‘Billions for bankers, nothing for nurses’: Health authorities sue Kwasi Kwarteng for scrapping City bonus limit as NHS strikes loom over wage rule
- Royal College of Nursing accused chancellor of having his ‘priorities wrong’
- It now urges 465,000 members across the UK to vote in favor of strike action
- Mr. Kwarteng lifts the cap on bonuses more than double the banker’s salary
Health authorities have accused Chancellor Kwasi Kwarteng of getting his priorities wrong after lifting a cap on banker’s bonuses in his first mini-budget.
The Royal College of Nursing (RCN) said the government was giving ‘billions to bankers and nothing to nurses’ amid a row over NHS payments.
It is now urging its 465,000 members in the UK to vote in favor of strike action when it opens the ballot next month.
Nurses have been given a 4 percent pay rise, but unions have been calling for a pay rise for months that exceeds inflation, which is currently 10 percent.
RCN Secretary General Pat Cullen said: ‘Nursing will be stunned by the decision to prioritize wealthy bankers over NHS and social care staff, some of whom use food banks and live on a financial edge.’
In his ‘Emergency Budget’ in the House of Commons today, Mr Kwarteng announced that the cap on bonuses to double a banker’s base salary will be lifted.
It was imposed by the EU in 2014 to discourage the kind of profit-hunting that critics say contributed to the 2008 financial crash.
But Mr Kwarteng, who said he was “unashamed” looking for ways to boost the growth of the UK economy, believes the move will bring the best talent to the city.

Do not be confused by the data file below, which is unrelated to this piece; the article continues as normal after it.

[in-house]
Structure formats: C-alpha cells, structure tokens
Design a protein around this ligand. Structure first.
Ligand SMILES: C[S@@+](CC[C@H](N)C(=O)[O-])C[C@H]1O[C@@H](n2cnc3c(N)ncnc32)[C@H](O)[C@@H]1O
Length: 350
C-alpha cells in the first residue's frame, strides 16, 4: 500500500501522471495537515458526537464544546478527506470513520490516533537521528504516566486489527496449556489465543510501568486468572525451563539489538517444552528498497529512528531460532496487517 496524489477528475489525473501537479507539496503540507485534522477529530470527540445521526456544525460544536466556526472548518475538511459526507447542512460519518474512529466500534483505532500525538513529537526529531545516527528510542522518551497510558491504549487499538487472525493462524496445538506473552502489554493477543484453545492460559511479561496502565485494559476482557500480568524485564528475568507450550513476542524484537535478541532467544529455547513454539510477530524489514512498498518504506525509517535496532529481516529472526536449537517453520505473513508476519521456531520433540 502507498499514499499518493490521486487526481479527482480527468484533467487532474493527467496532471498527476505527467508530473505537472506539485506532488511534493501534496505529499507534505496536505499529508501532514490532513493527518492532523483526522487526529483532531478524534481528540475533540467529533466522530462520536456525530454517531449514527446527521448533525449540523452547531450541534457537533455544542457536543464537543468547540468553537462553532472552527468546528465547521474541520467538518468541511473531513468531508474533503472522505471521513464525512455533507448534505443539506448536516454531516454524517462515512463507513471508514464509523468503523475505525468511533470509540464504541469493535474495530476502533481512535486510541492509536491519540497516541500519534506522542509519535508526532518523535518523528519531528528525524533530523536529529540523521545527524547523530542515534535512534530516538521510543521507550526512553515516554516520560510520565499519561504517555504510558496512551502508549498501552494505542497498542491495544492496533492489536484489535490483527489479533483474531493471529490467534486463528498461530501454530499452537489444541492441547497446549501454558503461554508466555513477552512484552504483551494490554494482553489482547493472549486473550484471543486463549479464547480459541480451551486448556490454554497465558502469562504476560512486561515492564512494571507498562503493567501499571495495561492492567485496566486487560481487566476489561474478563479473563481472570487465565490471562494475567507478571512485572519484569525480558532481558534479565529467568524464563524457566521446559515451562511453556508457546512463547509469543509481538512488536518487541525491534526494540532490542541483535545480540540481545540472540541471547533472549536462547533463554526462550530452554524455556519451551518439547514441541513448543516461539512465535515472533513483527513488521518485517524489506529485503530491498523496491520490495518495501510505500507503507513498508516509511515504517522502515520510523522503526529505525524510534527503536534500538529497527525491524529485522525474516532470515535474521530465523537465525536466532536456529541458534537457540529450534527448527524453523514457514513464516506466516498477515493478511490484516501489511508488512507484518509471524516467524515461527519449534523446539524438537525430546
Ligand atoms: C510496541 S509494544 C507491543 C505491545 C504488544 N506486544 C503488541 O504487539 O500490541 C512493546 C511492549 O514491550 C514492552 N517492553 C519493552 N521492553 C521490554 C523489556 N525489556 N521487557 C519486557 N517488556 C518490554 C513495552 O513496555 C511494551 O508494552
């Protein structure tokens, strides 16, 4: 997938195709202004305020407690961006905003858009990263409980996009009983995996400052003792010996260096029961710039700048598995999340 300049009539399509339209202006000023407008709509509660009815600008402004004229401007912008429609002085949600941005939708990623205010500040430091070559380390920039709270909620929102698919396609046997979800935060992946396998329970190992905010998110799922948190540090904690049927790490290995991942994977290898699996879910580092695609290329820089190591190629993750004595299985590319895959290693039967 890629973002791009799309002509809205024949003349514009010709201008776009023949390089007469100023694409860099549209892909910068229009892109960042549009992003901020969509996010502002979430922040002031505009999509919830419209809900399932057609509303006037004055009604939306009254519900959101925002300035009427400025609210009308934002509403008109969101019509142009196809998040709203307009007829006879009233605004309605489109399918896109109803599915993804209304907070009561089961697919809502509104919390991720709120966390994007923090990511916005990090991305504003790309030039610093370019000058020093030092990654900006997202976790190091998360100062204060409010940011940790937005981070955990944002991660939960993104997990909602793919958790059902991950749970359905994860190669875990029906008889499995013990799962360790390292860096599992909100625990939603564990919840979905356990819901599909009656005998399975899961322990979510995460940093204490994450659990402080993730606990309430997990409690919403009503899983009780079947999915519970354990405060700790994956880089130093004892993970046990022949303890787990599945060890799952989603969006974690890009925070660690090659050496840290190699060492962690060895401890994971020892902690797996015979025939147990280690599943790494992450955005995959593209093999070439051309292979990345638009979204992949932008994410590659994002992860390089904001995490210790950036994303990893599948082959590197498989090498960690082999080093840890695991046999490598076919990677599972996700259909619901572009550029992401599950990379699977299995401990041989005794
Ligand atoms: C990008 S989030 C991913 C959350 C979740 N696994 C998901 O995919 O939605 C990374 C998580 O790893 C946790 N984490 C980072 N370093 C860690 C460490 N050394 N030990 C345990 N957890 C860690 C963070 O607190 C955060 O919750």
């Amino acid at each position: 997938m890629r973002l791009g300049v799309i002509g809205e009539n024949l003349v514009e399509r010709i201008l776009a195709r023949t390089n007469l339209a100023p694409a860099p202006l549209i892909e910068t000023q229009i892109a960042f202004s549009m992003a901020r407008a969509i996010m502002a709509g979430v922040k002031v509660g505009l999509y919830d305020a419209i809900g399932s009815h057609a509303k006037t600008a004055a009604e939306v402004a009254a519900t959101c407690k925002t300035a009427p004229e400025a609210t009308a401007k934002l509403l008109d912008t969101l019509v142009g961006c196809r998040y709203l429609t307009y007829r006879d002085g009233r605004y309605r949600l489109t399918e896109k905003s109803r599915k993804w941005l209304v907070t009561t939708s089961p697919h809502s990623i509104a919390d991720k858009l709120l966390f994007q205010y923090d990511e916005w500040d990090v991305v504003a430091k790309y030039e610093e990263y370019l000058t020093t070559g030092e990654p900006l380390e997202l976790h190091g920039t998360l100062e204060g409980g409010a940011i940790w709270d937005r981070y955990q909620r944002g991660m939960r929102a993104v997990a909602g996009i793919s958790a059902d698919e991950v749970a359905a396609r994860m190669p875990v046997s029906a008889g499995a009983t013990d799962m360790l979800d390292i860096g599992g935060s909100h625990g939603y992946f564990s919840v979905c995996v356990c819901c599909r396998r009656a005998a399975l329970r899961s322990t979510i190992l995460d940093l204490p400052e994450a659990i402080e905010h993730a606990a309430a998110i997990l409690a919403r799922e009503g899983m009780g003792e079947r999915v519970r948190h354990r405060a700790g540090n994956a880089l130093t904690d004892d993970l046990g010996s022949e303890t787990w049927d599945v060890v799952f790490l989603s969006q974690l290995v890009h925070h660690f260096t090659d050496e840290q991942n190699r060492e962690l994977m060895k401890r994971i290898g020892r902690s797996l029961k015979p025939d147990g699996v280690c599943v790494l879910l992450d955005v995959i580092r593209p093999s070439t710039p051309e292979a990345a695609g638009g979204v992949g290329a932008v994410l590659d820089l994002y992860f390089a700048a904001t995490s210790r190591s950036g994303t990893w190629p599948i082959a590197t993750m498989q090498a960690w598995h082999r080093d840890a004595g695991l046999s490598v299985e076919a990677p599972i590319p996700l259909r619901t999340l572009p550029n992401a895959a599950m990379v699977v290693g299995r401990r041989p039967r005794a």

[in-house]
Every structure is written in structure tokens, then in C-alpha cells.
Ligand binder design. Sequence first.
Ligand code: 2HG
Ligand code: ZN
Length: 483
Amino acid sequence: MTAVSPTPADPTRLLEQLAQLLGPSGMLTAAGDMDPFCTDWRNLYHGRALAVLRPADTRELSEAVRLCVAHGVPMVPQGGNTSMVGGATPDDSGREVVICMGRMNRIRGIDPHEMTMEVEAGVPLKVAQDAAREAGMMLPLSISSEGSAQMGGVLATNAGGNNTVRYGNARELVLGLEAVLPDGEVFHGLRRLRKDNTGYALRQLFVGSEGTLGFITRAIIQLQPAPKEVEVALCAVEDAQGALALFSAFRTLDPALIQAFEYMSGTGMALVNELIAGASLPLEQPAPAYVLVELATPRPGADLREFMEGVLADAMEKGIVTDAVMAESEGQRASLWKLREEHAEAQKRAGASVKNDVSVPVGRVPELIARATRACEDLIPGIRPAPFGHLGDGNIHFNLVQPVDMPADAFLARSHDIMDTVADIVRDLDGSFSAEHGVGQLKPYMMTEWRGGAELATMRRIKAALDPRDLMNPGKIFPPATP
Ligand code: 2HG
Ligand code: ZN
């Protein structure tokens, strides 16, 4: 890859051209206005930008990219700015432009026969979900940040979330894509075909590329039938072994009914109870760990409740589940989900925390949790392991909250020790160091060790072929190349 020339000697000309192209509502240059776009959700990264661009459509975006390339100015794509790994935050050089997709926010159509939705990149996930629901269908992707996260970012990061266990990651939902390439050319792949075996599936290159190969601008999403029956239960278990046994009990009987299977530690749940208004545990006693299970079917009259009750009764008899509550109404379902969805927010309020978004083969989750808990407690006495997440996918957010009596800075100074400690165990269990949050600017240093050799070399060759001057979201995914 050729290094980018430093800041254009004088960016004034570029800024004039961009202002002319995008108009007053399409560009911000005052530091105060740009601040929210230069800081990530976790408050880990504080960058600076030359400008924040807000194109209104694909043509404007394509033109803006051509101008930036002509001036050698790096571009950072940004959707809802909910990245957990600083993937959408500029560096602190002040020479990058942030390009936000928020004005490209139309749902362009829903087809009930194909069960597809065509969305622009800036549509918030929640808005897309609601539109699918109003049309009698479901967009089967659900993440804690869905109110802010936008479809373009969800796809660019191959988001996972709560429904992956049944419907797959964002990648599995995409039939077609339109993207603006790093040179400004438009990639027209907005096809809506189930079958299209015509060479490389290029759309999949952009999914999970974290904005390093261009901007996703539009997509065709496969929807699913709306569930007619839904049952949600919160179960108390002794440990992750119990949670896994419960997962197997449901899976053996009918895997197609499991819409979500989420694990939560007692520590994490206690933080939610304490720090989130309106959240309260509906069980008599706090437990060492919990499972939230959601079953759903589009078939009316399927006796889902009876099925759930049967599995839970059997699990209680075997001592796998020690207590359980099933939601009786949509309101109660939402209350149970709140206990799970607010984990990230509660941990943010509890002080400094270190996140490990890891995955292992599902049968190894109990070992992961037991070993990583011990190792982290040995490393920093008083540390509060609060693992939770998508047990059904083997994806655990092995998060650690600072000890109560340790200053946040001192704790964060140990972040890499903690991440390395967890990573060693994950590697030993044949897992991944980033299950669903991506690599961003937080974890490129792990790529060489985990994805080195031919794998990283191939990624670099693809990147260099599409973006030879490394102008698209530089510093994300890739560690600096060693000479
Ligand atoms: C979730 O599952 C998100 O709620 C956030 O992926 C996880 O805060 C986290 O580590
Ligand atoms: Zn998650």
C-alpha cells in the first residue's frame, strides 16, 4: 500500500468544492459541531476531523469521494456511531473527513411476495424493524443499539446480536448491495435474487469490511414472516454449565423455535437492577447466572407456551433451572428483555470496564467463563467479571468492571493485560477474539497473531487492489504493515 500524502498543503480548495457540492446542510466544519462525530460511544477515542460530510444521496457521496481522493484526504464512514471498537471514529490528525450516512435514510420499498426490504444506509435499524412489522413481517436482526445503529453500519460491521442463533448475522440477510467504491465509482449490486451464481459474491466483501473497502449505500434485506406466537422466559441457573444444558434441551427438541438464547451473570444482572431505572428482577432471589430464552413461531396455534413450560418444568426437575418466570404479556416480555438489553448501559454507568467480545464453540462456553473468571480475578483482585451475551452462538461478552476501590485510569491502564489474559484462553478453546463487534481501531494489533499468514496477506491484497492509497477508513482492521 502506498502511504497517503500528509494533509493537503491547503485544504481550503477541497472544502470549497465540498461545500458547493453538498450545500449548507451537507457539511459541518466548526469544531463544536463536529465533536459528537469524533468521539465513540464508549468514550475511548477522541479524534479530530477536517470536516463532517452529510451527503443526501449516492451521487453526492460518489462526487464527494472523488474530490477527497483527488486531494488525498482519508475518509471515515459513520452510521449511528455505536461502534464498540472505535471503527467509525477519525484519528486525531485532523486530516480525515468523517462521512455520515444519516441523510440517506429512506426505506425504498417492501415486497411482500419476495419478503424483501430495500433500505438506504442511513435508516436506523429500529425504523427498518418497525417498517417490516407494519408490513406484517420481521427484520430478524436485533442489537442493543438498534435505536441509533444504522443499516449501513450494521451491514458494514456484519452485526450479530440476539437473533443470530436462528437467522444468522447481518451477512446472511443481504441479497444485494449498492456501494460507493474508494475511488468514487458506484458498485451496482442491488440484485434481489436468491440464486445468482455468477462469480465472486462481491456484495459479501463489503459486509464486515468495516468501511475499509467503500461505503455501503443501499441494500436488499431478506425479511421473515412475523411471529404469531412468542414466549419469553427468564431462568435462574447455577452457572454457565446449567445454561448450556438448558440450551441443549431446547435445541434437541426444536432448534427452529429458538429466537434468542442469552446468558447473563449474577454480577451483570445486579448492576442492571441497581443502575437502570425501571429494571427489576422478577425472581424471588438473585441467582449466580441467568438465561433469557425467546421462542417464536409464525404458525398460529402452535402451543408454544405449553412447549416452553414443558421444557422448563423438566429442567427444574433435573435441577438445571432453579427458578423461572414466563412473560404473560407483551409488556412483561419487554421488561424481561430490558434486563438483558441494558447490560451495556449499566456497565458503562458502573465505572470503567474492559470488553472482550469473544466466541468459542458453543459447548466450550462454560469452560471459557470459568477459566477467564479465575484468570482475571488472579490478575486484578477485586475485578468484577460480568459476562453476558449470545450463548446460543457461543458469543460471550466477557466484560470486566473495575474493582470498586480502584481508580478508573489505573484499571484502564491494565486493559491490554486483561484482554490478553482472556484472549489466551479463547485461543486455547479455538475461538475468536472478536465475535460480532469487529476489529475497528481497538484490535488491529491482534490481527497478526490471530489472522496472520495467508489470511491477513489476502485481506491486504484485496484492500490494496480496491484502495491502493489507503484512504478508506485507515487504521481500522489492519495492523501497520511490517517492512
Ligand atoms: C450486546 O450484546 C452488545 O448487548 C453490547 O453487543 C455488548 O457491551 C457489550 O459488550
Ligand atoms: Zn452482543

Pat Cullen (pictured left), chief executive of the Royal College of Nursing (RCN), said Kwasi Kwarteng (right) handed over “billions to bankers and nothing to nurses” after lifting a cap that capped bonuses to cover the base salary of a banker to double
Ahead of today’s announcement, the Royal College of Midwives announced on Thursday that it would be voting union action among its members.
dr. Suzanne Tyler, Executive Director of the RCM, said: “Industrial action is always the very last resort for midwives and maternity wards.
“They now clearly see no alternative but to get a fair and just reward from their governments.”
Abolishing the banker’s bonus was launched when Boris Johnson was prime minister, before being scrapped over optics fears amid a cost of living crisis.
But Mr Kwarteng said it had only pushed up salaries and hampered London’s ability to compete with Paris, Frankfurt and New York.
When he announced the removal today, he said the current rules are driving the best talent out of town.
But Labor Shadow Chancellor Rachel Reeves said the move was part of “a plan to reward the already wealthy … a return to the trickle of the past.”
Her comments were echoed by Pat Cullen, the nation’s top nurse. “This statement gave billions to bankers and nothing to nurses,” she said.
What clearer sign could there be of a government with the wrong priorities.
“Ministers have taken advantage of the goodwill of the nursing staff for far too long and we urge our members to vote in favor of the strike in our vote on 6 October.”
The NHS’s pay review bodies have said the basic salary for nurses should increase by 4 percent, while the salary of doctors and dentists should be increased by 4.5 percent.
But health authorities say soaring inflation means it means a wage cut in real terms and that doctors are worse off.
The BMA chairman has warned that strikes are ‘inevitable’, which could see 160,000 senior doctors leave.
Doctors in training have also told ministers they will vote on industrial action if their ‘unacceptable’ 2 percent wage offer is not increased.